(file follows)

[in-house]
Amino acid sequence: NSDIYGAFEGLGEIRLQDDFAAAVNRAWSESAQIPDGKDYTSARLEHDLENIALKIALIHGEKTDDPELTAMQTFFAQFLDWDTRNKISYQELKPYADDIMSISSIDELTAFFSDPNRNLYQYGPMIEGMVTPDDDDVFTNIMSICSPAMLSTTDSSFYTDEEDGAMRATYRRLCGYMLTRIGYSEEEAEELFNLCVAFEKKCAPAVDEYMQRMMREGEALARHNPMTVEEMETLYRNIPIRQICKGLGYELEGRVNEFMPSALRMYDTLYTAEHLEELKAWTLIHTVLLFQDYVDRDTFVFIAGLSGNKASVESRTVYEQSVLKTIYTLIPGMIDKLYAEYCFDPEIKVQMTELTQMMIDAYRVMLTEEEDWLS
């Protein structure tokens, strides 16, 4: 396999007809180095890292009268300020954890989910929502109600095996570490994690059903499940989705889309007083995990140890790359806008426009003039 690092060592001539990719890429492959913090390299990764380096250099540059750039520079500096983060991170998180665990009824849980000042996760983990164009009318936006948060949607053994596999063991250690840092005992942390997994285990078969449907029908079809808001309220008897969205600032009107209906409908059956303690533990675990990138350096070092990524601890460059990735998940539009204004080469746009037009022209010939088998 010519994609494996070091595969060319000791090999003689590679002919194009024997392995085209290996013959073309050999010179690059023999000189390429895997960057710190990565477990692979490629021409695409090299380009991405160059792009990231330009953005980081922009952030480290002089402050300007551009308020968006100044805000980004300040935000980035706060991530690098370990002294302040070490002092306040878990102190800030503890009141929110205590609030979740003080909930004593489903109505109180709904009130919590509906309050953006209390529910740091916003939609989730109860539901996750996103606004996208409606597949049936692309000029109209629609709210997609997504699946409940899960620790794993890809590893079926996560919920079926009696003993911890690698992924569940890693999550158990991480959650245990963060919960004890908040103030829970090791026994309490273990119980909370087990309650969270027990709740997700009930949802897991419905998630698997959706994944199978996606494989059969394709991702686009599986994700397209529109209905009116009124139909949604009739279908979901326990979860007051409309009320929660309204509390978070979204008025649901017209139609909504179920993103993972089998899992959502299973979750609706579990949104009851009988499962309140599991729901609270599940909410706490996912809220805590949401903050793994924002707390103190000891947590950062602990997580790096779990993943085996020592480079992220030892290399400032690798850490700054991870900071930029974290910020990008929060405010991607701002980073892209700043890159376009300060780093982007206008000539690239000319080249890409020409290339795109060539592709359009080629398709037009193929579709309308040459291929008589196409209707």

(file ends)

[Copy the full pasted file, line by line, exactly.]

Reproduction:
[in-house]
Amino acid sequence: NSDIYGAFEGLGEIRLQDDFAAAVNRAWSESAQIPDGKDYTSARLEHDLENIALKIALIHGEKTDDPELTAMQTFFAQFLDWDTRNKISYQELKPYADDIMSISSIDELTAFFSDPNRNLYQYGPMIEGMVTPDDDDVFTNIMSICSPAMLSTTDSSFYTDEEDGAMRATYRRLCGYMLTRIGYSEEEAEELFNLCVAFEKKCAPAVDEYMQRMMREGEALARHNPMTVEEMETLYRNIPIRQICKGLGYELEGRVNEFMPSALRMYDTLYTAEHLEELKAWTLIHTVLLFQDYVDRDTFVFIAGLSGNKASVESRTVYEQSVLKTIYTLIPGMIDKLYAEYCFDPEIKVQMTELTQMMIDAYRVMLTEEEDWLS
């Protein structure tokens, strides 16, 4: 396999007809180095890292009268300020954890989910929502109600095996570490994690059903499940989705889309007083995990140890790359806008426009003039 690092060592001539990719890429492959913090390299990764380096250099540059750039520079500096983060991170998180665990009824849980000042996760983990164009009318936006948060949607053994596999063991250690840092005992942390997994285990078969449907029908079809808001309220008897969205600032009107209906409908059956303690533990675990990138350096070092990524601890460059990735998940539009204004080469746009037009022209010939088998 010519994609494996070091595969060319000791090999003689590679002919194009024997392995085209290996013959073309050999010179690059023999000189390429895997960057710190990565477990692979490629021409695409090299380009991405160059792009990231330009953005980081922009952030480290002089402050300007551009308020968006100044805000980004300040935000980035706060991530690098370990002294302040070490002092306040878990102190800030503890009141929110205590609030979740003080909930004593489903109505109180709904009130919590509906309050953006209390529910740091916003939609989730109860539901996750996103606004996208409606597949049936692309000029109209629609709210997609997504699946409940899960620790794993890809590893079926996560919920079926009696003993911890690698992924569940890693999550158990991480959650245990963060919960004890908040103030829970090791026994309490273990119980909370087990309650969270027990709740997700009930949802897991419905998630698997959706994944199978996606494989059969394709991702686009599986994700397209529109209905009116009124139909949604009739279908979901326990979860007051409309009320929660309204509390978070979204008025649901017209139609909504179920993103993972089998899992959502299973979750609706579990949104009851009988499962309140599991729901609270599940909410706490996912809220805590949401903050793994924002707390103190000891947590950062602990997580790096779990993943085996020592480079992220030892290399400032690798850490700054991870900071930029974290910020990008929060405010991607701002980073892209700043890159376009300060780093982007206008000539690239000319080249890409020409290339795109060539592709359009080629398709037009193929579709309308040459291929008589196409209707």